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From: David Abrahams (dave_at_[hidden])
Date: 2003-05-10 22:36:24

"Lin Xu" <risingdragon3_at_[hidden]> writes:

>> template <class T, T v, char const*> struct member {};
>> template <class T> struct members;
>> template <>
>> struct members<X>
>> : mpl::vector<
>> member<int(X::*)(double), &X::f, "f">
>> , member<char*(X::*), &X::x, "x">
>> , member<int&, X::y, "y">
>> >
>> {
>> };
> I realize that you were quickly drafting this code, but wouldn't you
> need to define the names as const char*,

No, but I would have to declare them as lvalues:

char eff[] = "f";
char ecks[] = "x";
char why[] = "y";

Well, a generator front-end can handle that behind the scenes.

> and that the member tempalte should take a member pointer?

The member template takes as its second argument whatever type you
specify as the first argument. You'll notice that they all take
member pointers except for the 3rd item, since it refers to a static

> The problem is that string constants have to be defined *outside* the
> definition of the template, as I remember from discussion from a
> compile time string class. But you can't really do much compile time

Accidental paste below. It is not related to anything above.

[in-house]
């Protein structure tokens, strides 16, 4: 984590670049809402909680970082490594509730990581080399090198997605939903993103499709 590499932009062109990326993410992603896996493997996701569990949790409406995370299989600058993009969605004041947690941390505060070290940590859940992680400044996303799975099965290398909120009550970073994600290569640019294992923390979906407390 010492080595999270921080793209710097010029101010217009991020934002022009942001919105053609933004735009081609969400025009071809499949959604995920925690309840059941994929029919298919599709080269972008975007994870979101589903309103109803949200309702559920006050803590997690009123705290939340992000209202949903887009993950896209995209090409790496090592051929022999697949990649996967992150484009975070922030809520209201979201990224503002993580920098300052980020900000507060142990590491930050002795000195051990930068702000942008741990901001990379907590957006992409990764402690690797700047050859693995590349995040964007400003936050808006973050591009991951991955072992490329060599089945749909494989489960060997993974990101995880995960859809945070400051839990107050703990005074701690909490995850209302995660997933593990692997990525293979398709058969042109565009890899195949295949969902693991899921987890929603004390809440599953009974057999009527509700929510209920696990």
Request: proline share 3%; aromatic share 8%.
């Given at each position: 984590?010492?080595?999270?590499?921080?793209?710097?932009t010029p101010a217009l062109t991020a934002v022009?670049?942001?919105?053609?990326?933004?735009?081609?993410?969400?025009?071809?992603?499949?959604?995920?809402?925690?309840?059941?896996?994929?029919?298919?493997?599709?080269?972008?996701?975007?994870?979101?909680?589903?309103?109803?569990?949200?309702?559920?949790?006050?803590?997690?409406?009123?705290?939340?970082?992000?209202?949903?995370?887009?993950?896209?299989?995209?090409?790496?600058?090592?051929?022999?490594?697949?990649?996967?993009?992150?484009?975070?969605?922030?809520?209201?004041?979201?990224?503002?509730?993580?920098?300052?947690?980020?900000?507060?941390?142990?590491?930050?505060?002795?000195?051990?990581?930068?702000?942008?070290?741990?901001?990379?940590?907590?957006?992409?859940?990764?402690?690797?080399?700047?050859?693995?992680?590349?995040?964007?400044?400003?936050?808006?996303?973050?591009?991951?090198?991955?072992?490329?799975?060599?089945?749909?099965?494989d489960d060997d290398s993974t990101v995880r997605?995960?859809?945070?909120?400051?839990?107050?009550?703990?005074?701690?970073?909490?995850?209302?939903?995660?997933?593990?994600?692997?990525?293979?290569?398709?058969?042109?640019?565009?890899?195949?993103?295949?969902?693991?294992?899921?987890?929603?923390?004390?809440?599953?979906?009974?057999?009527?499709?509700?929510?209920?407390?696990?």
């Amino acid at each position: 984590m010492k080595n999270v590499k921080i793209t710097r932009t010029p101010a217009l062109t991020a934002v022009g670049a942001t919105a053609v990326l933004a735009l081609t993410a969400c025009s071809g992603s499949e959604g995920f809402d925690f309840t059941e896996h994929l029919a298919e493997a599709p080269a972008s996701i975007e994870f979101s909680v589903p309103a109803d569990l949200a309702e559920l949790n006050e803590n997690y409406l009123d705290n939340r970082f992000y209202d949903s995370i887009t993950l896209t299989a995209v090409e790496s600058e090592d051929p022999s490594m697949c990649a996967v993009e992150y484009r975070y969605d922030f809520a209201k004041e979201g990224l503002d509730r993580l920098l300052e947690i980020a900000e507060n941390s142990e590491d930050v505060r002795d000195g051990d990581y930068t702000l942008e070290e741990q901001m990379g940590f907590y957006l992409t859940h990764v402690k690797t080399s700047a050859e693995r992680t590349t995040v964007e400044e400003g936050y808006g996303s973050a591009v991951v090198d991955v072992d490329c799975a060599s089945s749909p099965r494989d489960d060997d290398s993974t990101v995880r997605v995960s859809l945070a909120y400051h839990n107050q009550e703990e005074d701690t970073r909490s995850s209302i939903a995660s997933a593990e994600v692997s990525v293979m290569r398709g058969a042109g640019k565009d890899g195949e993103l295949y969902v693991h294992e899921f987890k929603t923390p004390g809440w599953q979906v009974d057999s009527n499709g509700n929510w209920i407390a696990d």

> manipulation of strings, anyway.

I don't really need to do much, anyway ;-)

But you *can* do plenty, provided the representation is sufficiently hard
for humans to parse <wink>:

    mpl::vector_c<char, 'f', 'o', 'o'>

> For starters, comparision (is_same) of template classes with string
> constants (predictably) fail when you define two different const
> char*'s that contain the same thing. I think that the string name
> should be relegated to the runtime aspect of reflection - unless,
> the only thing being supported is runtime reflection (perhaps in
> conjunction with dynamic_any).

I don't see much use for compile-time name reflection, but if we need
it we can always use the technique shown above. Binding the address
of the string as a template parameter just makes implementing the
reflection data much simpler, because there's no need for mixed
compile-/run- time structures.

> At compile time, the only way to give a member a unique identity is
> with some sort of tag class, which later on can be used to get the
> value:
> struct prop_x {};
> ...
> struct y { int x };
> //define the reflection
> y test;
> reflect<y>::get<prop_x>(test) = 10.4;

The *only* way? Come now! Anything that can be used as a template
parameter will do just as well, provided you can keep track of the
relationship between the different choices for this template
parameter and the member name.

> At runtime, of course, things are different. Something like this may
> be possible:
> template <> struct reflect<y> : public reflect_base<y> {
> MEMBER(x);
> };
> reflect<y>::bind_to(test)["x"] = 10;
> Comments?

I guess I'm not sure what the above is good for...

Dave Abrahams
Boost Consulting

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